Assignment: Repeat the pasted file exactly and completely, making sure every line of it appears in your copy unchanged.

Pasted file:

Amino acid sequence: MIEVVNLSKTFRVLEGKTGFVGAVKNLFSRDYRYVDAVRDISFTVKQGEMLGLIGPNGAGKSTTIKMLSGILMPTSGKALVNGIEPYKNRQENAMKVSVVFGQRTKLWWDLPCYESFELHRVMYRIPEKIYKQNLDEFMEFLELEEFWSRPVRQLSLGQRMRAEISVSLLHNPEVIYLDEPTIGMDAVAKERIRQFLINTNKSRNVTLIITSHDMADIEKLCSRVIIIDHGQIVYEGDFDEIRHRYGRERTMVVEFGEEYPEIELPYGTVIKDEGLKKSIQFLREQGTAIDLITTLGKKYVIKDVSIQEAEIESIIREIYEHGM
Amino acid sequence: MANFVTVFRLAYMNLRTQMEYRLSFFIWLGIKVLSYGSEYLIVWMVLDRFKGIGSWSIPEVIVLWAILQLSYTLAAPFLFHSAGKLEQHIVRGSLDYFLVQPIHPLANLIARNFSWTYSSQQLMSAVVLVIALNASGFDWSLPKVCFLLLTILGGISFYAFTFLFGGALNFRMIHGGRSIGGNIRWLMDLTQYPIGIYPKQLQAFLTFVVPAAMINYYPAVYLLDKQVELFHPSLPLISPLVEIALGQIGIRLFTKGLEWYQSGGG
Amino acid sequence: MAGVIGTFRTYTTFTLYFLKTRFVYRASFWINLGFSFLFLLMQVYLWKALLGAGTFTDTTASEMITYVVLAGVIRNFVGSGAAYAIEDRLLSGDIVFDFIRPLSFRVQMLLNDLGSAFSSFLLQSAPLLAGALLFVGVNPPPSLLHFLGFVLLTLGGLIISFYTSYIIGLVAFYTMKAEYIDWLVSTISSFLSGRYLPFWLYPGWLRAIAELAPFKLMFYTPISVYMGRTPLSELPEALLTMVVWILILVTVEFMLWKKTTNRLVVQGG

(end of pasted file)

Amino acid sequence: MIEVVNLSKTFRVLEGKTGFVGAVKNLFSRDYRYVDAVRDISFTVKQGEMLGLIGPNGAGKSTTIKMLSGILMPTSGKALVNGIEPYKNRQENAMKVSVVFGQRTKLWWDLPCYESFELHRVMYRIPEKIYKQNLDEFMEFLELEEFWSRPVRQLSLGQRMRAEISVSLLHNPEVIYLDEPTIGMDAVAKERIRQFLINTNKSRNVTLIITSHDMADIEKLCSRVIIIDHGQIVYEGDFDEIRHRYGRERTMVVEFGEEYPEIELPYGTVIKDEGLKKSIQFLREQGTAIDLITTLGKKYVIKDVSIQEAEIESIIREIYEHGM
Amino acid sequence: MANFVTVFRLAYMNLRTQMEYRLSFFIWLGIKVLSYGSEYLIVWMVLDRFKGIGSWSIPEVIVLWAILQLSYTLAAPFLFHSAGKLEQHIVRGSLDYFLVQPIHPLANLIARNFSWTYSSQQLMSAVVLVIALNASGFDWSLPKVCFLLLTILGGISFYAFTFLFGGALNFRMIHGGRSIGGNIRWLMDLTQYPIGIYPKQLQAFLTFVVPAAMINYYPAVYLLDKQVELFHPSLPLISPLVEIALGQIGIRLFTKGLEWYQSGGG
Amino acid sequence: MAGVIGTFRTYTTFTLYFLKTRFVYRASFWINLGFSFLFLLMQVYLWKALLGAGTFTDTTASEMITYVVLAGVIRNFVGSGAAYAIEDRLLSGDIVFDFIRPLSFRVQMLLNDLGSAFSSFLLQSAPLLAGALLFVGVNPPPSLLHFLGFVLLTLGGLIISFYTSYIIGLVAFYTMKAEYIDWLVSTISSFLSGRYLPFWLYPGWLRAIAELAPFKLMFYTPISVYMGRTPLSELPEALLTMVVWILILVTVEFMLWKKTTNRLVVQGG